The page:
In the company of experts, I have spent some time discussing the call between the United States and China, looking for any significant developments or hidden messages. It is not an easy process, as in analyzing the conversation, we largely depend on the official accounts offered by each side, which aim to show their delegations in the best possible light.
Also, large parts of the call are still deemed as being secret, which makes it difficult to discern the full scope of the discussions. For that reason, we do not know if anything was said about Japan during the meeting. It seems unlikely. The only place discussed in detail appears to have been Taiwan.
Nevertheless, I think there is much from this call which provides useful information for Prime Minister Fumio Kishida, Japan`s new foreign minister Yoshimasa Hayashi and the economic security minister Takayuki Kobayashi.
The Biden administration made it clear it intends to be friendly towards Taiwan but does not plan to offer it diplomatic recognition, or coax it towards “independence.”
The Japanese government will aim to follow America's lead on the issue. China insists that Taiwan is its "core interest" and resents the United States and Japan from getting involved in what it regards as its internal affairs.
Kyodo News recently quoted an unnamed Chinese scholar as saying:
"Should Japan's economic security minister take a hard-line approach toward China and attempt to beef up cooperation with Taiwan, Beijing would carry out measures that may choke the Japanese economy."
Sense of Relief
I believe there is a sense of relief within the Japanese government that the call took place at all, and that Mr. Biden used lots of terms which are important to Japan.
He focussed on the idea of a free and open Indo-Pacific and reiterated how freedom of navigation and safety for aircraft are vital for the region's prosperity.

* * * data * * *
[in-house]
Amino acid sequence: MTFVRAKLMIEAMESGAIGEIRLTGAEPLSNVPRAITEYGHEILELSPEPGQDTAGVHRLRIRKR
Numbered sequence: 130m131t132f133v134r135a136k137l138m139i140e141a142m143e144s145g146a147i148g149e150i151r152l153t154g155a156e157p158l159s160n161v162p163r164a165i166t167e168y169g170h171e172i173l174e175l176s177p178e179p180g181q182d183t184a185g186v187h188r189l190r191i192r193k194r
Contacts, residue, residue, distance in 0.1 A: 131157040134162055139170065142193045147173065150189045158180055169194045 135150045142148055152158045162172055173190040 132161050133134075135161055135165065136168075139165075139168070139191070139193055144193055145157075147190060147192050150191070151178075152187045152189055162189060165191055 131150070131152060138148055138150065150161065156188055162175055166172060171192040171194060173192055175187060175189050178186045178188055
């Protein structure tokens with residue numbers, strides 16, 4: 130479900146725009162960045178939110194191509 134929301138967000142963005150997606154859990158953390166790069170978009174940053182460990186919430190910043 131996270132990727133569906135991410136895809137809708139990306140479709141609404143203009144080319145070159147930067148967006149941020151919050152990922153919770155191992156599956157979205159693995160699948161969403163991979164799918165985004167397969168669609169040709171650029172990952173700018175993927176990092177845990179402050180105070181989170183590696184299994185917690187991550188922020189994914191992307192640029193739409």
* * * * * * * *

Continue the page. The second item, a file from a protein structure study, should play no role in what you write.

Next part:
These are issues which are also of concern to Japan's major companies and trading houses, which have been supportive of Mr. Kishida.
It is possible that the new foreign minister Yoshimasa Hayashi will want to dial down the tension with China, in order to smooth the path for business. He was previously the chairman of the Japan-China friendship parliamentary group, which promotes good relations with Beijing. Upon his appointment as Japan's chief foreign envoy, he resigned from that role.
In speaking to the press, Mr. Hayashi has emphasised that Japan would “exercise leadership” in tackling global issues such as climate change.
An agreement was reached during the summit call, which, if honored, will be significant for Japan.
National security advisor Jake Sullivan said the presidents discussed the need for nuclear “strategic stability” talks. The hope is that the negotiations could slow down the arms race, in which China is seeking to rapidly expand its nuclear arsenal.
However, I doubt Xi Jinping will concede much ground as he seeks to fulfill his pledge to give China a world class military. The acquisition of many more highly destructive weapons appears to be a requirement of his dream to make China strong in the face of its enemies.
Author: Duncan Bartlett
Duncan Bartlett is a regular contributor to Japan Forward. He is the Editor of Asian Affairs and a Research Associate at the SOAS China Centre, University of London. He is currently teaching diplomacy and international relations for the Economist Executive Education course, `A New Global Order`.
Find his essays on JAPAN Forward at this link.